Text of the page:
An RCD is a safety device that disconnects a circuit when it detects an imbalance of the electric current. It works on the principle that the electricity flowing into a circuit must be equal to the current flowing out of a circuit. When a person receives a shock, it means some current is diverted through the body directly to earth.
If the RCD detects an imbalance in the electrical current, indicating a leakage to earth, it immediately cuts the electricity supply to prevent electrocution.
RCDs are extremely sensitive, disconnecting within 10 to 50 milliseconds of detecting a leakage current. This is usually 30 milliamps for domestic residences. This stops the flow of electricity through someone’s body to earth. Importantly, this response time is much faster than the critical section of the cardiac cycle and therefore significantly reduces the risk of death or serious injury.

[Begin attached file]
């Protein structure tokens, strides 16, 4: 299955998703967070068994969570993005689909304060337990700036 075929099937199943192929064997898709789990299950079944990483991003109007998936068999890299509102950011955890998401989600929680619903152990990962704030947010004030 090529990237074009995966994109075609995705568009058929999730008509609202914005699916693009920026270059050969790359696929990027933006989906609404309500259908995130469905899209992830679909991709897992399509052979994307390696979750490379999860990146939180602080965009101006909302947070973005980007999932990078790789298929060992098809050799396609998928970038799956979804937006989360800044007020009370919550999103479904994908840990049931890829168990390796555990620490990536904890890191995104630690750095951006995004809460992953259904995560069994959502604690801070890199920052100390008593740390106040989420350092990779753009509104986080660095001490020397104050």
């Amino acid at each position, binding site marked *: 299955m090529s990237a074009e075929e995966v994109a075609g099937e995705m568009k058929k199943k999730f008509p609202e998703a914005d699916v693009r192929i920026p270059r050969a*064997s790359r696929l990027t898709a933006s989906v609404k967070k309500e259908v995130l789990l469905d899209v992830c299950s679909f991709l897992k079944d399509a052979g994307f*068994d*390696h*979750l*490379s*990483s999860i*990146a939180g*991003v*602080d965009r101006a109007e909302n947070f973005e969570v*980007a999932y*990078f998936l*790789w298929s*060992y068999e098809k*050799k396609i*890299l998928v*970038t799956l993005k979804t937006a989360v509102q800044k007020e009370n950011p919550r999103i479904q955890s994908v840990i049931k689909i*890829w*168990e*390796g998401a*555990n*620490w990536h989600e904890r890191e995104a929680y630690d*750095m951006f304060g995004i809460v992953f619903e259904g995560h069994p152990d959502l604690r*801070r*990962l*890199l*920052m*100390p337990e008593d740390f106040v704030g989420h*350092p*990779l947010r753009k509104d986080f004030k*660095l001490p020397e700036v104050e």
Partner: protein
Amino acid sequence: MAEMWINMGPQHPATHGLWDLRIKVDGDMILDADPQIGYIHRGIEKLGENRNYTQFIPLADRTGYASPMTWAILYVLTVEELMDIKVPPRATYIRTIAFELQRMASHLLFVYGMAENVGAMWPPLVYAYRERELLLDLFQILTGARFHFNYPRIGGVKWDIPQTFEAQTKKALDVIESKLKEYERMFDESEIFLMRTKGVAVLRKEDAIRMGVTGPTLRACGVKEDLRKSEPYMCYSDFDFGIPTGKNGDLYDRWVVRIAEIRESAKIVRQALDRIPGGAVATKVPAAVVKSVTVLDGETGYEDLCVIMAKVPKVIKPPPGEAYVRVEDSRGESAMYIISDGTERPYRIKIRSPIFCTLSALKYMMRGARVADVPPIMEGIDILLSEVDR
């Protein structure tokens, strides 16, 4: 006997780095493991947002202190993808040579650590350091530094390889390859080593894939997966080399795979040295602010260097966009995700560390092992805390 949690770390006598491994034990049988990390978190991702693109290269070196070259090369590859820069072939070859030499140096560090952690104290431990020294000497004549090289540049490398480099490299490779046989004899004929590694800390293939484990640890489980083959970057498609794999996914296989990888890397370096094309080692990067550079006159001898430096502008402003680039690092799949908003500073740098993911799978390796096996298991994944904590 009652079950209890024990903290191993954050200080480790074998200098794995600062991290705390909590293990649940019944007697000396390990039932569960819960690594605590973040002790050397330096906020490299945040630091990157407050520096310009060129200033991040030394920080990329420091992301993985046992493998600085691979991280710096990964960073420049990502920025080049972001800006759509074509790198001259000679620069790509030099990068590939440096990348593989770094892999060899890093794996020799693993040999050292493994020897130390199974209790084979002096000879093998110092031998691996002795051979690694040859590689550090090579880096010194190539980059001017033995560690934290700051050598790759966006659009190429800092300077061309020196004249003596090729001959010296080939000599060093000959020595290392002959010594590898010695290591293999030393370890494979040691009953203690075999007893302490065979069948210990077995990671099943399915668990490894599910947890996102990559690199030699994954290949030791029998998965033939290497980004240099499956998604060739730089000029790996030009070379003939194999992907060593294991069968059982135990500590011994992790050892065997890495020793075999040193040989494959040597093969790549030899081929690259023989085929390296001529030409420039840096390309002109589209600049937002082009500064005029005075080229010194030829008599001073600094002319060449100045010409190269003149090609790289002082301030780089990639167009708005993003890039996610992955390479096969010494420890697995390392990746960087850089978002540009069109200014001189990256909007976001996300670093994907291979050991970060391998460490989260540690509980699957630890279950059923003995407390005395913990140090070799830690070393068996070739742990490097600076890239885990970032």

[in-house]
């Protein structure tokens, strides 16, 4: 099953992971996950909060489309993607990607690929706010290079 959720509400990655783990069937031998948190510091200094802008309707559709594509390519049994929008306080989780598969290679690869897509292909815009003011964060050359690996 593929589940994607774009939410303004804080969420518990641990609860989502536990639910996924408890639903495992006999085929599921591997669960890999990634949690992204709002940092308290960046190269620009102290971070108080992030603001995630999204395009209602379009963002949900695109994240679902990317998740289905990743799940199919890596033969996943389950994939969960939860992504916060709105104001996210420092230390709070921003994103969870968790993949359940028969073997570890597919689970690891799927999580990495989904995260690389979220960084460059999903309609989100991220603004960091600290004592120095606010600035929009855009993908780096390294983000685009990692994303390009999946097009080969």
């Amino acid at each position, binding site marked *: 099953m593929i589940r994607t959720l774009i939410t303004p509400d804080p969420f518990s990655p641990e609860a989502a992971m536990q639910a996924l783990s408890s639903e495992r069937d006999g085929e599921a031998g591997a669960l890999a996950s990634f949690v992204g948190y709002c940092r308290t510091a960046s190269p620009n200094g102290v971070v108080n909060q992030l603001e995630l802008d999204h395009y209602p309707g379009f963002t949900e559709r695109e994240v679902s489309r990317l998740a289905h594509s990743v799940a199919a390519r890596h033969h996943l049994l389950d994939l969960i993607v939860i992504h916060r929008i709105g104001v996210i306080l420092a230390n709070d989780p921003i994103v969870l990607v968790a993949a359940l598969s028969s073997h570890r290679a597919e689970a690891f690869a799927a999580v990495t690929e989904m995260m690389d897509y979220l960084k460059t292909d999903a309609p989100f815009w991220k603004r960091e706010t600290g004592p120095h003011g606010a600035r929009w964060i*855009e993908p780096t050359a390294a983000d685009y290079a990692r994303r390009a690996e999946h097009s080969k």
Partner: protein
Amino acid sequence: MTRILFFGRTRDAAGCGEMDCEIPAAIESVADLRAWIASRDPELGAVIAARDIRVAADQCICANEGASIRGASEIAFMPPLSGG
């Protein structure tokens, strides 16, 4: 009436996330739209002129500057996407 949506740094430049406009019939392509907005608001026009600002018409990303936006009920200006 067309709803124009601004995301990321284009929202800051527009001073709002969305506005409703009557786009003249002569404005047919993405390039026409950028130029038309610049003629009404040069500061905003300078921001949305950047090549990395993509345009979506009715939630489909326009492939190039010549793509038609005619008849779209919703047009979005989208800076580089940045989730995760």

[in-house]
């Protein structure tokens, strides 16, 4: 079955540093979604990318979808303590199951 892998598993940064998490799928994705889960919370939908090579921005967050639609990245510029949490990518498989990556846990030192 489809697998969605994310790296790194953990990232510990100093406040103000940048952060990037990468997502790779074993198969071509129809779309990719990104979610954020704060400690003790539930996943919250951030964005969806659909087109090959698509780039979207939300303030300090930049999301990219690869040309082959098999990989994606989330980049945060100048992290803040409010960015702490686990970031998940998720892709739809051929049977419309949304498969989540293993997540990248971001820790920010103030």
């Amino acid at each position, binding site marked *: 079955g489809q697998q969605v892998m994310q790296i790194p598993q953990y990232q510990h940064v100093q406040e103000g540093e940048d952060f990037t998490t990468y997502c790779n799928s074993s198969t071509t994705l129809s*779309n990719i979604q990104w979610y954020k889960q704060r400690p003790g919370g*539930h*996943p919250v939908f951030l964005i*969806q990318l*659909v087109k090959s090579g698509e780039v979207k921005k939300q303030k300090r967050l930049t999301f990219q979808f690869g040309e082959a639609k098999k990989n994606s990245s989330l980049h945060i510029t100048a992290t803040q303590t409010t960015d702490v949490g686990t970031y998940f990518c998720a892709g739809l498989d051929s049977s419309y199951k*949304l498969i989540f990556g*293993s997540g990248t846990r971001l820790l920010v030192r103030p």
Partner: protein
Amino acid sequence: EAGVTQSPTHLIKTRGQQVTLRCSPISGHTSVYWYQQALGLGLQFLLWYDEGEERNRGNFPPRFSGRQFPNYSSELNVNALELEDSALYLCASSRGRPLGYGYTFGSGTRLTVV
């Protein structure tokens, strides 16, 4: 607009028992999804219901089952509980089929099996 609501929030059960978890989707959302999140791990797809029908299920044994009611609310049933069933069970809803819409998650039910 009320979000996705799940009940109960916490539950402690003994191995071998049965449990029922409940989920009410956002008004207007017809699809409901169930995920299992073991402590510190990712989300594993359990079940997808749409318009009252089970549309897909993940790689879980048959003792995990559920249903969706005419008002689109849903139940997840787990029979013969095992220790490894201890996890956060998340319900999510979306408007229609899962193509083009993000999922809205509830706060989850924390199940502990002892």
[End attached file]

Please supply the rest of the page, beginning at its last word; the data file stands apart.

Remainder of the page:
RCDs also protect against fire caused by faults in appliances, tools and wiring. If these faults go undetected they could cause a fire or personal injury.
RCDs provide a means of early fault detection. RCDs are required to be fitted at the meter box (main switchboard) or distribution board for the residence.
Various brands of RCDs are available; however they can all be identified by the test button located on the front of the device.
If you press the ‘test’ button, or the RCD has detected an imbalance, the on/off switch will jump to the “off” position.
To ensure that the RCDs fitted to your home perform correctly, they must be tested at regular intervals. EnergySafety recommends that each RCD be tested every three months.
If the RCD fails to operate a licensed electrical contractor must be engaged to test the RCD and replace it if necessary.